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WASHINGTON, DC-The US Green Building Council has unveiled LEED 2009, an evolution of the green building certification system it introduced in 2000, and opened a 30-day public comment period on the draft. Scot Horst, chair of the LEED steering committee, is hosting a series of LEED 2009 webcasts, discussing the proposed changes and walking web attendees through the comment process.

The webcast schedule, LEED 2009 documentation and comment forms are available on the USGBC website. The comment period ends at 5 pm, Pacific Time, June 22.

“Continuing to seek the right balance between technical advancement and market transformation was a driving force behind the LEED 2009 work,” says Horst. Described as an “evolution,” rather than a “tear down and rebuild” of the existing LEED rating system, the 2009 version reorganizes the system and includes several advancements.

Chief among the changes is a transparent re-weighting and point re-allocation of LEED credits so the highest-priority credits achieve the most points. The weighting redistributes the available points, so point value more accurately reflects features that affect a building’s environmental impact.

Among complaints about the existing rating system, Horst said during a May 22 webcast, “is that a bicycle rack is equal to some more energy efficient system.” The weighted feature in LEED 2009 is based on 100 points that Horst says, “can address all systems consistently.” An additional six points are available for innovation and design, and four regional points are also available as bonuses.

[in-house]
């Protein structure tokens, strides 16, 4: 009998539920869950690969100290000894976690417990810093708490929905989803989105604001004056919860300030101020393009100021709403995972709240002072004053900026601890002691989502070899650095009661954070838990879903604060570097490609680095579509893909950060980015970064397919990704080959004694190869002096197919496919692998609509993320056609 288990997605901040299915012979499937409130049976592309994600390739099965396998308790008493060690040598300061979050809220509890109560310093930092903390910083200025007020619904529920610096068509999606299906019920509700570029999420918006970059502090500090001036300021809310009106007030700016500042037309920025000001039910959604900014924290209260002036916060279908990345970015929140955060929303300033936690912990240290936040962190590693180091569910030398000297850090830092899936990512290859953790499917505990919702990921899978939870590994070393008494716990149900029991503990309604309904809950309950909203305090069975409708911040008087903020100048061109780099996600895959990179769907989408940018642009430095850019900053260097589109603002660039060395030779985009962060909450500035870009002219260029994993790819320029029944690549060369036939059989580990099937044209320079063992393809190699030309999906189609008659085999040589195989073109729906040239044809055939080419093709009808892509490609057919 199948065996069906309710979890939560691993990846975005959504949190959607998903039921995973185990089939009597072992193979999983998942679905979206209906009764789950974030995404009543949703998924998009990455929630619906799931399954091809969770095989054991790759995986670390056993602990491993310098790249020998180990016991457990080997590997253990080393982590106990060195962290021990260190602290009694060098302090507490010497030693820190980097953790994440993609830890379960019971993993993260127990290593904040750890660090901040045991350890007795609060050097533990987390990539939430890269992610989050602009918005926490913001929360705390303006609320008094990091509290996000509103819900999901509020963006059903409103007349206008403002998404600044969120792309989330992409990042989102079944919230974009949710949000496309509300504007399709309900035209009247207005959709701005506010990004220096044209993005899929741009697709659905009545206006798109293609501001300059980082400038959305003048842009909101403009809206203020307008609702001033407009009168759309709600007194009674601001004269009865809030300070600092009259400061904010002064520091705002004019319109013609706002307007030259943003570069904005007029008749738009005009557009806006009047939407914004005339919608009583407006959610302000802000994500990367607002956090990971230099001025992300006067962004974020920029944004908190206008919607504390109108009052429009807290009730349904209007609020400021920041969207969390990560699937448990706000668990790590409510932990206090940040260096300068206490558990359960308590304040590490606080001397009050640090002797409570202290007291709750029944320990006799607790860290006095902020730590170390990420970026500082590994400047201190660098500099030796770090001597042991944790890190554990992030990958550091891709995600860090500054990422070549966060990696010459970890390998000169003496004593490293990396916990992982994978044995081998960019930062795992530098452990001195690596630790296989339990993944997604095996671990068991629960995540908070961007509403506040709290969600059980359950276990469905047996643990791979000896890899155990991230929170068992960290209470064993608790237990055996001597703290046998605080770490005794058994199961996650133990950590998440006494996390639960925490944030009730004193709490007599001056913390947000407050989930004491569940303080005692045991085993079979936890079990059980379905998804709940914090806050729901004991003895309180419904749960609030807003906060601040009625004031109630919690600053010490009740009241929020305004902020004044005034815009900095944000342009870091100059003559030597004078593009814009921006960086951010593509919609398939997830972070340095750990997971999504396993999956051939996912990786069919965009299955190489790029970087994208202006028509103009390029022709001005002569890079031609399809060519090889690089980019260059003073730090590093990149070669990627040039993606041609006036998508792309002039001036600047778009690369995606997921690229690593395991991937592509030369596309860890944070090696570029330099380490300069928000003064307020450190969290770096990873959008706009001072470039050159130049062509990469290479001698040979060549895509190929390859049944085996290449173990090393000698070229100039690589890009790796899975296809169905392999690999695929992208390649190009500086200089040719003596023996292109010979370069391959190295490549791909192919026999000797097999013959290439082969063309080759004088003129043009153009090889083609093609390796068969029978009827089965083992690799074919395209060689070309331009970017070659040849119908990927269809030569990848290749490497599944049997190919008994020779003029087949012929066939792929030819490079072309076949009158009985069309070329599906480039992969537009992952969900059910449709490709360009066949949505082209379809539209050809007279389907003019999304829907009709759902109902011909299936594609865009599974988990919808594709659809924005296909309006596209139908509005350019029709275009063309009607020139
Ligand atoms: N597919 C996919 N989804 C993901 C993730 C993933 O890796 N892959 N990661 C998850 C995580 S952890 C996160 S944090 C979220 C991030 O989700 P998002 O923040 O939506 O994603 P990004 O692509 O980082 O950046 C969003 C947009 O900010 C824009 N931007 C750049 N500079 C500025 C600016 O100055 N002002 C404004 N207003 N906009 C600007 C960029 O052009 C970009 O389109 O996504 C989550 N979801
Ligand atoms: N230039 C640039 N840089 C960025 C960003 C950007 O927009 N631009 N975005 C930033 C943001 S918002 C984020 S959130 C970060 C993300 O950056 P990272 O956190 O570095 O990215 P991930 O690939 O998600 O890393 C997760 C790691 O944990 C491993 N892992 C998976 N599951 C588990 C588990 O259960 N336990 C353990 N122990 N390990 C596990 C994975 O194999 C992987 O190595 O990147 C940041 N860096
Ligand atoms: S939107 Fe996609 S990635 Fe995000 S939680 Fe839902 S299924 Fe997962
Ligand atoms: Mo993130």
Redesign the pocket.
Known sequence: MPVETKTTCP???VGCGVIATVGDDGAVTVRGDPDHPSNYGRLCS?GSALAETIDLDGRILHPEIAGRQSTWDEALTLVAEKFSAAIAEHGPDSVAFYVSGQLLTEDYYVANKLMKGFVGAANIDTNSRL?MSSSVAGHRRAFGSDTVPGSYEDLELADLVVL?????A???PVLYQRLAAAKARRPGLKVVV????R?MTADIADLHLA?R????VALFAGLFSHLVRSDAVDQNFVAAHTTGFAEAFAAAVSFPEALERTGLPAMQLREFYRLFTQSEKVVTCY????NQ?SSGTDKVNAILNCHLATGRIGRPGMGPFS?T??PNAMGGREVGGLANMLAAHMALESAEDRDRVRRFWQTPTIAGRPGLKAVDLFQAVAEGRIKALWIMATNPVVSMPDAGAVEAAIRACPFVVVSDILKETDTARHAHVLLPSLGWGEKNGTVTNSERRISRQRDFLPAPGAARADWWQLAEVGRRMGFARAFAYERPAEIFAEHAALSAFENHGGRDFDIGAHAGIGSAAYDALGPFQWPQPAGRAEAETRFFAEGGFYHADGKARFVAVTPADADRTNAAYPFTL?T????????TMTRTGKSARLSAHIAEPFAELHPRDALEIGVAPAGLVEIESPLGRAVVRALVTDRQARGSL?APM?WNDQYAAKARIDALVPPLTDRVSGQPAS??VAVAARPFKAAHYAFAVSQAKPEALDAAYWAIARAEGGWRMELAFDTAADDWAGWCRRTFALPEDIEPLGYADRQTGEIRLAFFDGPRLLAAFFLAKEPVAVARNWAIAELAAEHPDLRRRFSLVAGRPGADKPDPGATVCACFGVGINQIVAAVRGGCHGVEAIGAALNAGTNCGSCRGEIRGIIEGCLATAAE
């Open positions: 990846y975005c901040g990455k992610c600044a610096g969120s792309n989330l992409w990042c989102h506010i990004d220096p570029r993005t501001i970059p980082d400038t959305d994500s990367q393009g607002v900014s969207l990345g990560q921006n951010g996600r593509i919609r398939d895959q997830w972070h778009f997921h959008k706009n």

Regionalization is another new aspect of LEED 2009. USGBC chapters can determine regions they want to single out, down to zip codes. “In Phoenix,” Horst explains, “water is more important than in Washington DC. LEED 2009 weights the issue of water for that part of the country.”

He notes that over the past six years, adjusting the rating system to a rapidly evolving green building market has led to successive versions of the rating system that contain credits and prerequisites that have come into conflict with each other. LEED 2009 consolidates, aligns and updates all existing rating systems into their “most effective common denominator.”

Such consolidation also provides a structure for the future that enables the council to develop LEED in a predictable way. LEED 2009 outlines a predictable development cycle that allows the system to evolve on a set schedule. Horst estimates, “we will be able to update the whole cycle every two years, and we can update parts as we go. It’s a way to improve ourselves and incorporate new ideas.”

After the initial comment period, the USGBC steering committee and staff will respond to comments and issue a revision of LEED 2009. That version will be open to public comment Aug. 4 through Aug. 19. After incorporating additional comments, a ballot will be sent only to USGBC members, and LEED 2009 will be ready at Green Build in Boston, Nov. 19 thru 20, then launched formally in January 2009.

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